Sarah Moss: Cold Earth (2009)

Cold Earth

Last summer I read Michelle Paver’s excellent ghost story Dark Matter and Max pointed out in a comment that the description reminded him of Sarah Moss’ first novel Cold Earth. Both novels are set in the North, under extreme conditions and both use a similar technique. The protagonists write diaries and/or letters. In Cold Earth the story is told from six different subsequent points of view, while there is only one in Dark Matter.

Cold Earth is the story of an archeological dig, set in a remote part of Greenland. Six young people, under the supervision of one of them, start excavating the remains of a Norse society. Something has wiped out that society, a fact that unsettles our diggers early on. At the same time they are aware that a pandemic is spreading and communication with the outside world isn’t possible. They are not only afraid that their families and friends might die but that nobody will come and get them once the date for their departure arrives. If  that wasn’t enough already, one of the six young people, Nina, the only one who isn’t an archeologist but working on a PhD in literature, pretends that the site is haunted and shows signs of either severe trauma or delusion.

The story is told from the point of view of the six people. The first part, Nina’s part is the longest. She’s the one who reacts the most to the circumstances. She has weird dreams at night that seem to come directly from the past, she is certain that someone or something walks around the camp at night. The others react to that in many different ways. There are those who are affected and those who just find her a pain in the ass. But the letters or journal entries all show that whether they believe in the ghost theory or in the possibility that Nina’s going mad, they have a hard time coping. Some have come carrying a past loaded with grief and sorrow others are badly affected by the idea that the pandemic is killing off their families and friends.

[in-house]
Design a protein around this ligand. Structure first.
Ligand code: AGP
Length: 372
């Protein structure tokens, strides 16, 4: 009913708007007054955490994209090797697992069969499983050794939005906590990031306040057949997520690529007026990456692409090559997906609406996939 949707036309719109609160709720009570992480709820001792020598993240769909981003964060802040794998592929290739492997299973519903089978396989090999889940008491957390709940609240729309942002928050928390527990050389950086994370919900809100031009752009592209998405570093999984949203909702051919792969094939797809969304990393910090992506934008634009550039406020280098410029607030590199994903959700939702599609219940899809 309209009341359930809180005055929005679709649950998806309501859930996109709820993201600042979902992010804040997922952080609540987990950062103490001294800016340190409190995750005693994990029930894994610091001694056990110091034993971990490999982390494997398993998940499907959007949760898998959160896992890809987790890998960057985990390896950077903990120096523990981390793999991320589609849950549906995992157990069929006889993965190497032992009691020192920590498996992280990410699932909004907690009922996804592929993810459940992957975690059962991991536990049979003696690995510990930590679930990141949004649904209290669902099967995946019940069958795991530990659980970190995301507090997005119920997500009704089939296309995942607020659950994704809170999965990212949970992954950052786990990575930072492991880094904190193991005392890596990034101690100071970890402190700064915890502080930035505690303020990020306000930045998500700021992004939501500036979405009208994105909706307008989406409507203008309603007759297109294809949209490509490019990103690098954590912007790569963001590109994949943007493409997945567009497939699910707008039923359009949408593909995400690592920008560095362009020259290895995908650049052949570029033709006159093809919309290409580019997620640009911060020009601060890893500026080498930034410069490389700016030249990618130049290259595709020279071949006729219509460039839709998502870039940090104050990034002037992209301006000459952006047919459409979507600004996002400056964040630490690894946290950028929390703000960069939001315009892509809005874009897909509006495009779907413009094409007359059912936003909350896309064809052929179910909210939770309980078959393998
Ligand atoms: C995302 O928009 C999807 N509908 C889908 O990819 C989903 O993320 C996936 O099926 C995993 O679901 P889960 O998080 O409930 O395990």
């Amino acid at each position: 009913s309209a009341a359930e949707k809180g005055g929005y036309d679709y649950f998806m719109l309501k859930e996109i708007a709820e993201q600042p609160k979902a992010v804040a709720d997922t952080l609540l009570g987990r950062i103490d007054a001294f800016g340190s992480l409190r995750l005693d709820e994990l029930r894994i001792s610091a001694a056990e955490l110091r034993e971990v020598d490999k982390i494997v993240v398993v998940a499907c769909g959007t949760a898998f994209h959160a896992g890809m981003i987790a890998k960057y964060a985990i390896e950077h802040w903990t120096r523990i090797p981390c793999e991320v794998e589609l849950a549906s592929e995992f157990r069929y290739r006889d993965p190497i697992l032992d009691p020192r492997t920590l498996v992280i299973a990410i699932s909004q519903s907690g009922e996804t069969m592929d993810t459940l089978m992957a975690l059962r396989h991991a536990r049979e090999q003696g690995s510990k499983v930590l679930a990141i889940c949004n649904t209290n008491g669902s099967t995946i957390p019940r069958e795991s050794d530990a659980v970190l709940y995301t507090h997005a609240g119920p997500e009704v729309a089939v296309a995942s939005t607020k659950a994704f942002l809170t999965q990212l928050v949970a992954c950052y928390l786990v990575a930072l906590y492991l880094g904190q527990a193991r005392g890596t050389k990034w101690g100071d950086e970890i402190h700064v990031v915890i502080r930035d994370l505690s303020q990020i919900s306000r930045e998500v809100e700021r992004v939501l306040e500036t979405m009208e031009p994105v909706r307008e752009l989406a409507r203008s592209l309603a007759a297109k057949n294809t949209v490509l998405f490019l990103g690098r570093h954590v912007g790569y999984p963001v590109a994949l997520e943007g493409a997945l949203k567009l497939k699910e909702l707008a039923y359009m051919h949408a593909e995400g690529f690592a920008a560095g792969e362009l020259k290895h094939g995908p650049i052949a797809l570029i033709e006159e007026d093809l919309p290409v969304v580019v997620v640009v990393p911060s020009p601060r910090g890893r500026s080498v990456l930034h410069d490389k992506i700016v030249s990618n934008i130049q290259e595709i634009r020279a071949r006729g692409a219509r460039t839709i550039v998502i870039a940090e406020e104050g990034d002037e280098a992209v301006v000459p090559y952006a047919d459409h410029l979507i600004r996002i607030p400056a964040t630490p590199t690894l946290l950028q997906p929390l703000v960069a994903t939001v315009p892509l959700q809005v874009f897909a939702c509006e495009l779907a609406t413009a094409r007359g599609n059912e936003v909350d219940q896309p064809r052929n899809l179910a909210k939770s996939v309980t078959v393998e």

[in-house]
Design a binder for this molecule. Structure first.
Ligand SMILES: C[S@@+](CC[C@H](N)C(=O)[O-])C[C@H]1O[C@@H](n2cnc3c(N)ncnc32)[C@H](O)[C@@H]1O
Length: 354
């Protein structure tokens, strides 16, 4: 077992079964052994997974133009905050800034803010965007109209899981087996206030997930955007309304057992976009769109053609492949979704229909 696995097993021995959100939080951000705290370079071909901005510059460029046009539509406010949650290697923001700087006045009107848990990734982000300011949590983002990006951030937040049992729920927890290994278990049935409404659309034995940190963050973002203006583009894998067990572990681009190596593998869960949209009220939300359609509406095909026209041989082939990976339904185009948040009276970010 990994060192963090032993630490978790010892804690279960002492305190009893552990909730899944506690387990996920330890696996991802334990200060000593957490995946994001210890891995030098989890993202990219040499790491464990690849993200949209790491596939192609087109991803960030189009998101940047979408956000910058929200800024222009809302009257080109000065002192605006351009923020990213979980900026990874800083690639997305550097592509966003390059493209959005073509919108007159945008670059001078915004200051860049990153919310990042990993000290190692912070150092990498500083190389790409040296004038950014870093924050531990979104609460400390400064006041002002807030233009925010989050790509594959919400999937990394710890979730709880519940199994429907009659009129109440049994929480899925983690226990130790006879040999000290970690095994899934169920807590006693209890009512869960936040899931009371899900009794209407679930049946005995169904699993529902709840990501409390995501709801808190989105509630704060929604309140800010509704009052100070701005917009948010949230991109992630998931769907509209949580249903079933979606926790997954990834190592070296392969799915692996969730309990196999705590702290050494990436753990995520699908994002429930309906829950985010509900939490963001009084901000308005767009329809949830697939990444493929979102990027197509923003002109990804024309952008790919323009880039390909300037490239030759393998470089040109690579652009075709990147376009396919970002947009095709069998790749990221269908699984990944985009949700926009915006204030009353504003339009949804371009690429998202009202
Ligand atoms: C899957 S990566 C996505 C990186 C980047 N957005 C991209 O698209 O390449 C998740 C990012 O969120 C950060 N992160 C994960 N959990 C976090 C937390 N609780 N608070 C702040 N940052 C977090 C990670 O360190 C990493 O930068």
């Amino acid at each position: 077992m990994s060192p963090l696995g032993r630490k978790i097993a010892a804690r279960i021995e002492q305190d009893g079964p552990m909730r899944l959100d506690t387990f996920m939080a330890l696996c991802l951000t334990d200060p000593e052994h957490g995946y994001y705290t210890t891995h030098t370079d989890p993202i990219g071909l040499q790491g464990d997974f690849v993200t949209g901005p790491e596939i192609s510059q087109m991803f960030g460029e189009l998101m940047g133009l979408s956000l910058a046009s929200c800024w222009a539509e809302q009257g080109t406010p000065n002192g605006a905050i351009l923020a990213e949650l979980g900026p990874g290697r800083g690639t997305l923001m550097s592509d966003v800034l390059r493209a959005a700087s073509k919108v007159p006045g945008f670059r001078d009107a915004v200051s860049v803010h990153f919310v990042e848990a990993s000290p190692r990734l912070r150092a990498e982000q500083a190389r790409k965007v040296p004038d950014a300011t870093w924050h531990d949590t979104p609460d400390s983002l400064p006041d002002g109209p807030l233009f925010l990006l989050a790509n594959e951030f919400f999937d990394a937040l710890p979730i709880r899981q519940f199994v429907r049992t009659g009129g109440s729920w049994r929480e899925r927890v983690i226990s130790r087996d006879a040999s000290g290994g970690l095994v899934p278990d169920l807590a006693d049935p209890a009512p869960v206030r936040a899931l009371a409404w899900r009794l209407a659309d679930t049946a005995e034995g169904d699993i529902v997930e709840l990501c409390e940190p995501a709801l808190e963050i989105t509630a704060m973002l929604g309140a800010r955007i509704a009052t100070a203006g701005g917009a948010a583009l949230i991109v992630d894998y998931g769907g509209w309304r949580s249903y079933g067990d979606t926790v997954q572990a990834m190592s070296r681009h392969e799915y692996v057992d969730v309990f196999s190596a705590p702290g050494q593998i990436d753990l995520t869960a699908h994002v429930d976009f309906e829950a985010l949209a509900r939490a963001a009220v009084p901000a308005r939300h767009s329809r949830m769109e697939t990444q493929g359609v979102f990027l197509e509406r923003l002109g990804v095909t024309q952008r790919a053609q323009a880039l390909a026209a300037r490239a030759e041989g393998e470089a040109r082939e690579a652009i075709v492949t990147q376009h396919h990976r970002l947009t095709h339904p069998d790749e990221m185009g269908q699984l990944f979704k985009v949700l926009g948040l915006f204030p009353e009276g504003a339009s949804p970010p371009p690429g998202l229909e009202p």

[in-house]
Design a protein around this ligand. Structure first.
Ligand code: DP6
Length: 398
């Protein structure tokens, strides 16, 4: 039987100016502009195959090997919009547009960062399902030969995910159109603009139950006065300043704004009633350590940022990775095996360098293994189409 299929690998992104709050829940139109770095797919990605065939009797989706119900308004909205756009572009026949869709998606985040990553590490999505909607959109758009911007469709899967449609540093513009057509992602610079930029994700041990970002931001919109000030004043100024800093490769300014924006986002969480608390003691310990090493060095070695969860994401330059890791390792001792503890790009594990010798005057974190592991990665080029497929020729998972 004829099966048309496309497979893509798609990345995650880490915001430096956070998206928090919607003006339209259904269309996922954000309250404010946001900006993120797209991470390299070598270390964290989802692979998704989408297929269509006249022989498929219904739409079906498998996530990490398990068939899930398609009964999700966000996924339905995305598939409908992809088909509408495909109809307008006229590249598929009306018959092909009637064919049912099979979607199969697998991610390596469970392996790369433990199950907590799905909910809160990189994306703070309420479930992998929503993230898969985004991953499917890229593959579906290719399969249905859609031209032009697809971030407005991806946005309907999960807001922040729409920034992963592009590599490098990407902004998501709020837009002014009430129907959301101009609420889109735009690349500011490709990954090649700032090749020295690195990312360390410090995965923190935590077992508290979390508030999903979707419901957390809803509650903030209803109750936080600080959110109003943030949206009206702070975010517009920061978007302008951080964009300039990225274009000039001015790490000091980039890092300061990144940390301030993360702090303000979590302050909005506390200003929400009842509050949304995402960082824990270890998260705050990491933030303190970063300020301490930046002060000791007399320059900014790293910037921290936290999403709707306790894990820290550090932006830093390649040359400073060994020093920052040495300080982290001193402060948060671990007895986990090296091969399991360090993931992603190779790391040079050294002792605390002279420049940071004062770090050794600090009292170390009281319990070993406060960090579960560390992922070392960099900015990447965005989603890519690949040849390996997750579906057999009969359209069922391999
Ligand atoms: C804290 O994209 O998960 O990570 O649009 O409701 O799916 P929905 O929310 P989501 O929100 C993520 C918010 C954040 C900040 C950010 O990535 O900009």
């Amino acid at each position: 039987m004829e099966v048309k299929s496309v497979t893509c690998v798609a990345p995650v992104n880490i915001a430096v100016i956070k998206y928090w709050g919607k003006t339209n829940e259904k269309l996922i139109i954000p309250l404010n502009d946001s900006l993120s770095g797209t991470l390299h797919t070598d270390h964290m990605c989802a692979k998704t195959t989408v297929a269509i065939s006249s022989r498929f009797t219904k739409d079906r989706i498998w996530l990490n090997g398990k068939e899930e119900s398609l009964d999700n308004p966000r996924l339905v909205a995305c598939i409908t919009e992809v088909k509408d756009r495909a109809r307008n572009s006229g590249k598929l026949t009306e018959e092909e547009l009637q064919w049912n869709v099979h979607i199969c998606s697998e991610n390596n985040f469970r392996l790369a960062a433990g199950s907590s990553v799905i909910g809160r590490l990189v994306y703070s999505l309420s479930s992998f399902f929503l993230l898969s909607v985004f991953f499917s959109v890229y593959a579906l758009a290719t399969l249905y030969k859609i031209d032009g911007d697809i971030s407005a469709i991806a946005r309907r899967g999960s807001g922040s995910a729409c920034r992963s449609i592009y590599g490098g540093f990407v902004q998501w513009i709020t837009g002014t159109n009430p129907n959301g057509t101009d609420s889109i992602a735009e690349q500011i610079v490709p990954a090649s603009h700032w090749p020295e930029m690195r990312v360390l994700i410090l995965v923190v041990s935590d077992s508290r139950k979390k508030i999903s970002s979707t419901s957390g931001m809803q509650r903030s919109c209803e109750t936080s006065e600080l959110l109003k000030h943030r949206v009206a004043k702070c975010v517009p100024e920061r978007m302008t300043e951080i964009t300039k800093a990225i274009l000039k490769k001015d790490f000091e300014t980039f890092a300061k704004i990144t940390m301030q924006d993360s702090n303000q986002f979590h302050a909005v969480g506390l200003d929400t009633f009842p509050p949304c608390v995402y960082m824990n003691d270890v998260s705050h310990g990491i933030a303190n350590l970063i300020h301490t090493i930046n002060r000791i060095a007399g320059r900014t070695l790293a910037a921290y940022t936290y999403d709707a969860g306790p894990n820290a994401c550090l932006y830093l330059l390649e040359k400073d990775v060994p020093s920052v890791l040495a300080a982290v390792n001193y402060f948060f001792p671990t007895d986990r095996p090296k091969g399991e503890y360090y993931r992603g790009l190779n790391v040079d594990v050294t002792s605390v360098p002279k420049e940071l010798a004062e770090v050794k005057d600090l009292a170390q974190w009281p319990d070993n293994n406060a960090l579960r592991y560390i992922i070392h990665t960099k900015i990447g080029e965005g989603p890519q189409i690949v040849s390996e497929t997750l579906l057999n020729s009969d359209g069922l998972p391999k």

The longer they stay, the colder it gets and they have to expect the worst, namely that nobody will come and get them and that they will run out of food and not be sufficiently prepared to face  the Arctic winter.

I’m sure if I hadn’t read Dark Matter before, I would have liked this better. The elements which are similar, the ghost story parts, are much more scary and convincing in Dark Matter, I even thought that Paver did a better job in using a ghosts story as a means to illustrate fragility of human existence, and the influence of extreme weather conditions and surroundings on people. I also liked the structure better. Cold Earth starts strongly with Nina’s point of view, which takes up almost a third of the book, but the subsequent chapters, narrated by the others are shorter and shorter, as if she’d run out of breath. Of course you could say she chose that approach to create tensions but I felt some parts were too short to be entirely satisfying. What is very well done in Sarah Moss’ book is how she includes the dimension of society. Paver focusses more on the individual, Moss more on society and groups. I found it impressive how she described how hellish the wrong company can be. I’m not exactly a gregarious person and if I choose company it really needs to be the right one. I could sympathize with Nina who felt she wasn’t only among strangers but among people who were even a tad hostile.

I guess it depends on personal preference whether you will like Dark Matter or Cold Earth better. I could relate more to  the idea of a lonely person thrown into an awful situation than to a group facing disaster. I’m glad I read them both, as they are both extremely good, I just loved one more. If, like me, you like extreme and well-captured settings, you shouldn’t miss either one of tem.

If you’re interested here is Max’s very detailed and insightful review.